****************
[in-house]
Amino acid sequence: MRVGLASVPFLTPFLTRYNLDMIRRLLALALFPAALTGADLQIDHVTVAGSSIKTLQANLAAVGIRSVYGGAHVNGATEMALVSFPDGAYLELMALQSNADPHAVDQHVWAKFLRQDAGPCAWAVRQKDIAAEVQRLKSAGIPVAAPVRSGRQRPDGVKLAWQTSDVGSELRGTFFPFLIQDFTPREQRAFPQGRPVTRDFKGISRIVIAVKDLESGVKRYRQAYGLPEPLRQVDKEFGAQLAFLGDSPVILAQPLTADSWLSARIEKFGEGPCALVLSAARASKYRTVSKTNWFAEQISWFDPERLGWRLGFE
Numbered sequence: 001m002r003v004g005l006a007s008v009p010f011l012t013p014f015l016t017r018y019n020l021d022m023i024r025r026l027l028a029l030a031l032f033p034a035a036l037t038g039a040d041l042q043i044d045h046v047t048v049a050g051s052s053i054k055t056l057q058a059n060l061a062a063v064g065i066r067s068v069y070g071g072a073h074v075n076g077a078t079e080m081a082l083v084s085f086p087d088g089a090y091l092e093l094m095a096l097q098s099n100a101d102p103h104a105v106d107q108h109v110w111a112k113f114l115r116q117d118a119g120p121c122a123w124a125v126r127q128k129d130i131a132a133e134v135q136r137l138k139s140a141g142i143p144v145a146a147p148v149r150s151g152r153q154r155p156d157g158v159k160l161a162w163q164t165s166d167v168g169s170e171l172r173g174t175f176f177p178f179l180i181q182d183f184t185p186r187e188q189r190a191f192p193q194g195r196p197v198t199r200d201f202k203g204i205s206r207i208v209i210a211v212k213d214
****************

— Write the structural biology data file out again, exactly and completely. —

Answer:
[in-house]
Amino acid sequence: MRVGLASVPFLTPFLTRYNLDMIRRLLALALFPAALTGADLQIDHVTVAGSSIKTLQANLAAVGIRSVYGGAHVNGATEMALVSFPDGAYLELMALQSNADPHAVDQHVWAKFLRQDAGPCAWAVRQKDIAAEVQRLKSAGIPVAAPVRSGRQRPDGVKLAWQTSDVGSELRGTFFPFLIQDFTPREQRAFPQGRPVTRDFKGISRIVIAVKDLESGVKRYRQAYGLPEPLRQVDKEFGAQLAFLGDSPVILAQPLTADSWLSARIEKFGEGPCALVLSAARASKYRTVSKTNWFAEQISWFDPERLGWRLGFE
Numbered sequence: 001m002r003v004g005l006a007s008v009p010f011l012t013p014f015l016t017r018y019n020l021d022m023i024r025r026l027l028a029l030a031l032f033p034a035a036l037t038g039a040d041l042q043i044d045h046v047t048v049a050g051s052s053i054k055t056l057q058a059n060l061a062a063v064g065i066r067s068v069y070g071g072a073h074v075n076g077a078t079e080m081a082l083v084s085f086p087d088g089a090y091l092e093l094m095a096l097q098s099n100a101d102p103h104a105v106d107q108h109v110w111a112k113f114l115r116q117d118a119g120p121c122a123w124a125v126r127q128k129d130i131a132a133e134v135q136r137l138k139s140a141g142i143p144v145a146a147p148v149r150s151g152r153q154r155p156d157g158v159k160l161a162w163q164t165s166d167v168g169s170e171l172r173g174t175f176f177p178f179l180i181q182d183f184t185p186r187e188q189r190a191f192p193q194g195r196p197v198t199r200d201f202k203g204i205s206r207i208v209i210a211v212k213d214